On The Hunt for Hearing Aid Discounts? Read This First.

January 19, 2023
Blake Cadwell
Written by
Blake Cadwell
Soundly Staff
Reviewed by
Soundly Staff

Soundly conducts in-depth research to guide prospective hearing aid wearers. Our work is funded through reader support. When you buy through our links, we may earn a commission.

If you survey hearing aid wearers a year after they purchase devices, more than 80% are happy they took the plunge. There's little doubt that hearing aids are one of the most meaningful health investments you can make.

My hearing aids impact my social engagement, mental sharpness, and confidence in challenging listening environments.  

Hearing aids also give me sticker shock.

I started wearing hearing aids at 30, which means that at average retail prices, I'll spend around $80K on hearing devices over my lifetime.  

Fortunately for me (and maybe you), there are several legitimate ways to get a deal on quality hearing aids.

In this guide, I'll break down the options that don’t involve rolling the dice on Amazon.

First, a little background.

Hearing aid pricing is elusive. That's because each local practice sets its price and markup independently. The system is similar to car dealerships which purchase from the manufacturer and manage the final price.

This is where most deal seekers get stuck. Without good information it's hard to figure out if you are getting a deal or paying top-dollar.

The national average for a pair of prescription hearing aids is around $5,000, but there are many variables, including form factor, technology level and follow up care packages.

So how should you go about hearing aid deal shopping? I recommend three possible paths.

Option #1 - Go OTC

OTC hearing aid discounts

Until late 2022 you had to get a prescription to purchase hearing aids. That all changed with the FDA's new OTC hearing aid ruling.

You can now buy a decent pair of hearing aids online or at a drugstore for $700 - $1,300. I have in-depth reviews of most OTC options on this blog.

Some of my favorites include Bose ($799), Sony ($999), Jabra Enhance Plus ($799), and AirPods Pro 2 (not officially a hearing aid but a good starter).

The drawback to this approach: OTC hearing aids don't have all the latest technology, and they require some tech-savvy to program at home (no doctor involved).

Compare OTC Hearing Aids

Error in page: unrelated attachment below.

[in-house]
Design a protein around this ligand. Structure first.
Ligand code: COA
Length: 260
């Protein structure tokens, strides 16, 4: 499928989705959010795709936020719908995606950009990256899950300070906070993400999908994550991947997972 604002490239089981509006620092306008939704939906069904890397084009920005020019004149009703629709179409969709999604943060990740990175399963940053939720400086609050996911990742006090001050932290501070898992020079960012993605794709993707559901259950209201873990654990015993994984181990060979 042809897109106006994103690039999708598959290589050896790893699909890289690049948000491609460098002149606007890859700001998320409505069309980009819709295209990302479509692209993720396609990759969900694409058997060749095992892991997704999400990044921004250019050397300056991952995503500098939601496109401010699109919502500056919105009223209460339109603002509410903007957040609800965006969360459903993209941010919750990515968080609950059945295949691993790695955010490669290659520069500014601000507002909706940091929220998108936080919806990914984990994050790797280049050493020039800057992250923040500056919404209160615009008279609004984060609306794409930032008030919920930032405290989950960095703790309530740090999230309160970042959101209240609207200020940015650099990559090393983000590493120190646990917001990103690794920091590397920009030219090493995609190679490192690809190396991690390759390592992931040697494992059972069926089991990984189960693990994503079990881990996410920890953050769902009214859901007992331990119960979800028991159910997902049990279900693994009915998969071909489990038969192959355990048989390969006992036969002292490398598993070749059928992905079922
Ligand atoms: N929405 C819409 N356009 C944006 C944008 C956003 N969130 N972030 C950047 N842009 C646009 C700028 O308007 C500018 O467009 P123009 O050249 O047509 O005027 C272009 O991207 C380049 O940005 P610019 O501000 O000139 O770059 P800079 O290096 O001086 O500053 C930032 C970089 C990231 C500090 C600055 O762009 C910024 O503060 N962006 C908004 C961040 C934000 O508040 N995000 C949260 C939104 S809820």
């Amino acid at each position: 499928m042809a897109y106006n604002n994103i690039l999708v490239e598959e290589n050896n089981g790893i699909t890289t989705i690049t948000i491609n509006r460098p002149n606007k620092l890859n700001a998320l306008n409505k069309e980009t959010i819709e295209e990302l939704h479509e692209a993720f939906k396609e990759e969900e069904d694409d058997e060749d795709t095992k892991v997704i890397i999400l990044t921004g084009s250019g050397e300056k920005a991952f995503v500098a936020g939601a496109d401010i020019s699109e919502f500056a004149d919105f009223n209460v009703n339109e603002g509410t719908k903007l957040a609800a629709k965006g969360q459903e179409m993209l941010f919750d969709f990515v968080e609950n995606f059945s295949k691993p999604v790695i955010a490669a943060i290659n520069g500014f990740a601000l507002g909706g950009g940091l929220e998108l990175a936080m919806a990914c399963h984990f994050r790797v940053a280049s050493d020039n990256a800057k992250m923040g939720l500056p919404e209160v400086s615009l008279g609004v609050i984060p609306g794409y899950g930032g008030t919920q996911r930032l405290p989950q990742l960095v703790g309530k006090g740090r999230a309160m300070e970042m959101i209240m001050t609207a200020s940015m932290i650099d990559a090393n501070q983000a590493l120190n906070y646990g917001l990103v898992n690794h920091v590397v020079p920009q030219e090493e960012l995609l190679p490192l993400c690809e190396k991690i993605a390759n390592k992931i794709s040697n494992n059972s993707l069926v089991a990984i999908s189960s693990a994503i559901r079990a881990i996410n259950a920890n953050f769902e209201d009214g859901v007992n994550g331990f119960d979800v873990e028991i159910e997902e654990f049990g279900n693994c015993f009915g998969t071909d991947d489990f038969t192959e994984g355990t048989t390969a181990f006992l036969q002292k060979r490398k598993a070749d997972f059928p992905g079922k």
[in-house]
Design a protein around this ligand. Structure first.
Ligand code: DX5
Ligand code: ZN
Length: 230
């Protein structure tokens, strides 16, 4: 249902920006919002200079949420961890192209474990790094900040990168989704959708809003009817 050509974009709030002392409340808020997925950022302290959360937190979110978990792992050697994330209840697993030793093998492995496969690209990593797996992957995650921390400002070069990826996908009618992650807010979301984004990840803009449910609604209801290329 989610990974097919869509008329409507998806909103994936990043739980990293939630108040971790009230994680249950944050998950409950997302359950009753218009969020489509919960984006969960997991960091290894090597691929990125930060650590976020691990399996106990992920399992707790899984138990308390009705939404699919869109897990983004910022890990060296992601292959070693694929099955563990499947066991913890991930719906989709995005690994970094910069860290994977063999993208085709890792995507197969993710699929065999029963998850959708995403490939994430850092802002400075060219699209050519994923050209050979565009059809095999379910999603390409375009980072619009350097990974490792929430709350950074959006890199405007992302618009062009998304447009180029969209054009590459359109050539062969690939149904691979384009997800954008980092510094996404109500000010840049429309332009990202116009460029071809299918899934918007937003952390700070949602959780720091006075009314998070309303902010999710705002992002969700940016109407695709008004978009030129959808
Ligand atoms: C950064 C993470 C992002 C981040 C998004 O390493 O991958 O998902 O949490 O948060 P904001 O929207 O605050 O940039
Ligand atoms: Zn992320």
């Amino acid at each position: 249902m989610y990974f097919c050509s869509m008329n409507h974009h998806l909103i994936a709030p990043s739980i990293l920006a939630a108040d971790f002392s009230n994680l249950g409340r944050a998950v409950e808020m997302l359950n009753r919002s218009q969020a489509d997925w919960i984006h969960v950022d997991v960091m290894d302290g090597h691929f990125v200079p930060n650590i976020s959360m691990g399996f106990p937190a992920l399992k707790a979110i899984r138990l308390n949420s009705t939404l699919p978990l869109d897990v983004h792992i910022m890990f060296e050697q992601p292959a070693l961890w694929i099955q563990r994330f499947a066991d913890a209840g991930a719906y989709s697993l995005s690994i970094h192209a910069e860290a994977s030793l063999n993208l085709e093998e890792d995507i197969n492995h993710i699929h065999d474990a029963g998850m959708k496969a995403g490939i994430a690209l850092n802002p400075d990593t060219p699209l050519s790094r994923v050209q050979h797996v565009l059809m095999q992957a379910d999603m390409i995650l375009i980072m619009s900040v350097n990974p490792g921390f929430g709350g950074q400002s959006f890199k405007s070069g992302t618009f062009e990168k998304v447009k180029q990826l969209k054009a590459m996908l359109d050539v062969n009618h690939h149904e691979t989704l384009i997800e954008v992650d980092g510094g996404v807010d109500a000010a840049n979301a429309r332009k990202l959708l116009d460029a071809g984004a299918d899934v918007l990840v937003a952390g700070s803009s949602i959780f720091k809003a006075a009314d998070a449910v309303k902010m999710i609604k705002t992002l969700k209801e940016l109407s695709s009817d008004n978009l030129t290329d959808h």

Option #2 - Opt for Telehealth Instead of Local Care

Man on a telehealth video call to set up his new hearing aids

Jabra Enhance Select and Audicus are two respected companies that sell prescription-level devices with care from a hearing professional all online. The remote care model makes them more efficient, and they pass those savings on to the customer with around 50% lower prices on similar technology.

How it works: Take an online hearing test or submit an existing test, and these Telehealth providers will program and ship hearing aids to your door. Telehealth hearing aids range from $1,000 to $3,000 per pair and come with complementary remote follow-up care.

The drawback: You'll work with a professional through video and phone calls and won't have hands-on support for fittings and ear exams.

My Favorite Telehealth Service

Option #3 - Get Local Hearing Aid Discounts and Deals

If you aren't excited about OTC or Telehealth, you still have some deal-seeking options.

As discussed above, most local clinics set their own prices, making it difficult to find out what anyone is charging until halfway through your appointment. Yes Hearing and ZipHearing offer a way around this problem.

Both companies represent a large group of clinics or professionals across the country and work with that group to set fair, pre-negotiated prices. That's great for anyone looking for hearing aid deals because you can compare prices and plan your budget before you walk into the office. Typically Yes Hearing and ZipHearing come in around 30% below local clinic pricing due to their negotiating power.  

The drawback: You'll need to work with one of Yes Hearing or ZipHearing's existing providers (both groups allow you to switch individuals if needed).

You can use this tool to compare local deals by brand.

Bonus Option - Big Box Retail

Hearing aid deal seekers might also check out Sam's Club and Costco for lower hearing aid prices. There are some drawbacks to working with a big box retailer, but many Americans find good value at these big box locations. Costco and Sam’s Club prices range from $1,500 - $2,500 per pair.

Read my full Costco review here and Sam's Club review here.

Final Thoughts

I know from experience that hearing aids are worth the investment. I also know that getting a fair deal is an important part of the process. I hope you've found this guide helpful as you look for a solution that works for you and your budget.

Got some handy hearing aid discount tips? Send me a note at hello@soundly.com.

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